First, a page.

Private express carriers’ vs post’s treatment of packages inbound to the US: Security risks and customs concerns

On behalf of the Coalition of Services Industry (CSI), a leading trade association representing the American services economy, Copenhagen Economics has conducted a study, released today, that revealed a security gap in U.S. infrastructure related to packages that are inbound to the United States and that packages sent via Posts lacked any customs declarations.

Copenhagen Economics was engaged by CSI to assess how international posts and private express carriers are complying with customs and advance electronic security data submissions for packages and large envelopes inbound to the U.S. The study was completed in the first half of 2015 and involved more than 200 shipments into the U.S. from 10 representative countries, which are key trading partners with the United States. Half of the sample was shipped via international postal operators (e.g. China Post, Canada Post) and half by express carriers (e.g. FedEx, UPS).

The study also looked at the customs and duties collected on packages shipped into the U.S. from both postal operators and private express carriers. Express carriers are required to collect information from the sender detailing the items being transported. In the study, the express carriers were found to have made customs declarations 98 percent of the time. International postal operators could not verify whether any customs declarations were submitted and $0 duties were collected.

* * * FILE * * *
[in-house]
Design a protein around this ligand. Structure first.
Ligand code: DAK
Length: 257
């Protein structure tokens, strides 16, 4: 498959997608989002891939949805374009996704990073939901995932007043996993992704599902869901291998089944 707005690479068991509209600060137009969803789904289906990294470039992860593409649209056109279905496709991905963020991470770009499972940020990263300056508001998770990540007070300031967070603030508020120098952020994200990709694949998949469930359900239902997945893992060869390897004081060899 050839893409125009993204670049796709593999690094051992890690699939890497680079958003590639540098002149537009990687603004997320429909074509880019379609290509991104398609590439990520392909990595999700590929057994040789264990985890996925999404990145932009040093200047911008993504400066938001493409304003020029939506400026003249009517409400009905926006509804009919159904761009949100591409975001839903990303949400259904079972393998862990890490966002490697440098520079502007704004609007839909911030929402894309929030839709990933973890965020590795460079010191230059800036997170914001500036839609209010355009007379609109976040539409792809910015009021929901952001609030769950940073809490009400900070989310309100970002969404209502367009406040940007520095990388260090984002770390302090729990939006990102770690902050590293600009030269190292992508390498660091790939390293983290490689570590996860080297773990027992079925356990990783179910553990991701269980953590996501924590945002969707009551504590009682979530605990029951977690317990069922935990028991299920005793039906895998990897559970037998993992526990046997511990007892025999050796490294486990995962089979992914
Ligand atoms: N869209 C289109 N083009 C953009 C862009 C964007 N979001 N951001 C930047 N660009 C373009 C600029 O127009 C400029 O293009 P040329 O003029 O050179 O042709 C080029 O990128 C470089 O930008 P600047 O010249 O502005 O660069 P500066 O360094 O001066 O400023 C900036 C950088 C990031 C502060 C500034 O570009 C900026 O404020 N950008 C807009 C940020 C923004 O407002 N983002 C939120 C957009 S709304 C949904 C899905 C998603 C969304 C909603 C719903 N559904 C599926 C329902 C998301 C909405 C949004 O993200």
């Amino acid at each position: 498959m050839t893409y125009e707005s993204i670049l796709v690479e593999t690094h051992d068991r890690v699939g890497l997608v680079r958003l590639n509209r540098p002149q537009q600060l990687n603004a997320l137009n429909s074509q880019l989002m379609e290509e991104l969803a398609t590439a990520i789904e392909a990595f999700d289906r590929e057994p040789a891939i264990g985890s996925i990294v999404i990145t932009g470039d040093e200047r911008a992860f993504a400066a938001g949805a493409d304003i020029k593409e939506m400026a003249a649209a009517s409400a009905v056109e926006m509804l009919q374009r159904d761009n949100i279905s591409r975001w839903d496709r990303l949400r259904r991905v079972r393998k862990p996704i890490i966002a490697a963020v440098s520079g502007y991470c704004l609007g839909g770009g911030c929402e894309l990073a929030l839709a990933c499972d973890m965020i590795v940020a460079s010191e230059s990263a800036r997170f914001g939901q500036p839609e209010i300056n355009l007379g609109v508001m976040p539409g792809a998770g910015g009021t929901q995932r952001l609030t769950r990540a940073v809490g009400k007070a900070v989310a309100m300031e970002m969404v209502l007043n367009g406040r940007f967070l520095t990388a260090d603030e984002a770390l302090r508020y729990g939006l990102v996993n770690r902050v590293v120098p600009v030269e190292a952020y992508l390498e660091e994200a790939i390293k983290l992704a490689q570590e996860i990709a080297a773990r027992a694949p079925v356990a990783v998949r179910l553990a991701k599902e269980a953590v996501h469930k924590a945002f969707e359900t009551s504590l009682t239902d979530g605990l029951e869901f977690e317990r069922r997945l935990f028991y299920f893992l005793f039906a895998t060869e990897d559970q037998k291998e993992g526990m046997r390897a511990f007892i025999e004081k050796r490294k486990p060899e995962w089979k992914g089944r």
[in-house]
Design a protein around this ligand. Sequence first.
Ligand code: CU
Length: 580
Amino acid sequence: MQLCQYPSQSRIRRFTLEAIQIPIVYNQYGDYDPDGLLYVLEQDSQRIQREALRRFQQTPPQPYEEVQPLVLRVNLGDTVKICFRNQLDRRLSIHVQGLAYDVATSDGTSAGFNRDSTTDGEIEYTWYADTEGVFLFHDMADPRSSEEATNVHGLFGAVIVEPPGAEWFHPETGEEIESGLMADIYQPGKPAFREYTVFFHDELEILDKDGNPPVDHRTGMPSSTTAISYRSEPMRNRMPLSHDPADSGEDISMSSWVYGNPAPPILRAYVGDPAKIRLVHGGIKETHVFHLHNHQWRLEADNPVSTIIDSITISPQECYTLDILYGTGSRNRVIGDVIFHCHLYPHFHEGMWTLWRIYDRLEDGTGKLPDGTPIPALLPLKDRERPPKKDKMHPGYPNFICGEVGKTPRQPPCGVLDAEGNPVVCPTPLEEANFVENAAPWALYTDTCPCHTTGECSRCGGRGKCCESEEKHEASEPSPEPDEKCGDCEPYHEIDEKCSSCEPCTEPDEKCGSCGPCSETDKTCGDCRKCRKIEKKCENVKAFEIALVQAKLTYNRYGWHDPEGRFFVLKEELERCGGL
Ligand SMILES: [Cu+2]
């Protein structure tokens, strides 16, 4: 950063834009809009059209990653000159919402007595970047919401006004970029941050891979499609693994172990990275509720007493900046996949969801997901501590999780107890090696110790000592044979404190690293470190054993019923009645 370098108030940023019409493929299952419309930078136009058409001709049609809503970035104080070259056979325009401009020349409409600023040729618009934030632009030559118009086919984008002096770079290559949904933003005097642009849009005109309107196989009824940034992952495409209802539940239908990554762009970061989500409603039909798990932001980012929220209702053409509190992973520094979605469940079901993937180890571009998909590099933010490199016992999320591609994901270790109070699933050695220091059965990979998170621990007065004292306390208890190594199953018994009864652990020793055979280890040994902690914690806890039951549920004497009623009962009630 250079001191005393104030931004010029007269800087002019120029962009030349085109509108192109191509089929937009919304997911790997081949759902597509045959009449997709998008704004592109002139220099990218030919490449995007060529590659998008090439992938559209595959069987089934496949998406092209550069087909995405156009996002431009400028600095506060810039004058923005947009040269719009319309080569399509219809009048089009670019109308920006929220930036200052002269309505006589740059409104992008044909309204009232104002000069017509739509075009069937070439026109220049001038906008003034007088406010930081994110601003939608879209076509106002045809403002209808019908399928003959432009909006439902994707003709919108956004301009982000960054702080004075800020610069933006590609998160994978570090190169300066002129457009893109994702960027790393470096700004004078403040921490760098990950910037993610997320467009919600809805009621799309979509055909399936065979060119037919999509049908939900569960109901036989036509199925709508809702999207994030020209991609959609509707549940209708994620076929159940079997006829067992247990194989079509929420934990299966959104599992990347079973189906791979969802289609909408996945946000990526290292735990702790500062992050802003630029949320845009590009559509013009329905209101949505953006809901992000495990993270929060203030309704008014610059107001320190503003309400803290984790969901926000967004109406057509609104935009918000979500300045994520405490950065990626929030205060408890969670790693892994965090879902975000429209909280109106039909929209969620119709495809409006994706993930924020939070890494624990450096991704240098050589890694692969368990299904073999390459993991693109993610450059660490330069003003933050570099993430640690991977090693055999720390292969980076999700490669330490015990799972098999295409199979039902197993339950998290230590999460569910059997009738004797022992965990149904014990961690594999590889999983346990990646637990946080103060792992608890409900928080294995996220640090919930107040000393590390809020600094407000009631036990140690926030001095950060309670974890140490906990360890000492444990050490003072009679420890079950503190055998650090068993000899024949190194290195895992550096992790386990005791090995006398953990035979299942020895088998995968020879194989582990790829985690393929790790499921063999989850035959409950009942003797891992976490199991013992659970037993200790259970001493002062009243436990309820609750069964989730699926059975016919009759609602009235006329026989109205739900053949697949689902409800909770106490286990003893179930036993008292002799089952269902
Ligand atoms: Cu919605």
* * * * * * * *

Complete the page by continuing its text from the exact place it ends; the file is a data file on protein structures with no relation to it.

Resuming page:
The study estimates that in 2014 at least 170 million flats and small packages were shipped through postal operators worldwide into the U.S. and then to their final destination through the U.S. Postal Service. Items worth over $200 are by U.S. law subject to duty and the number of package shipments will continue growing as the rise of e-commerce endures; yet this study found that none of the international postal shipments surveyed submitted any electronic data detailing the items being sent. The lack of intelligence about postal packages crossing over America’s borders seems to represent a real security and public income protection risk.

All shipments to the U.S. over $200 with applicable duties must include a customs declaration: while the private express carriers are complying, serious doubts emerge when looking into the international postal shipments. According to the estimates in this study, the annual loss of public sector income due to not collecting customs fees on postal package shipments is over $1 billion.


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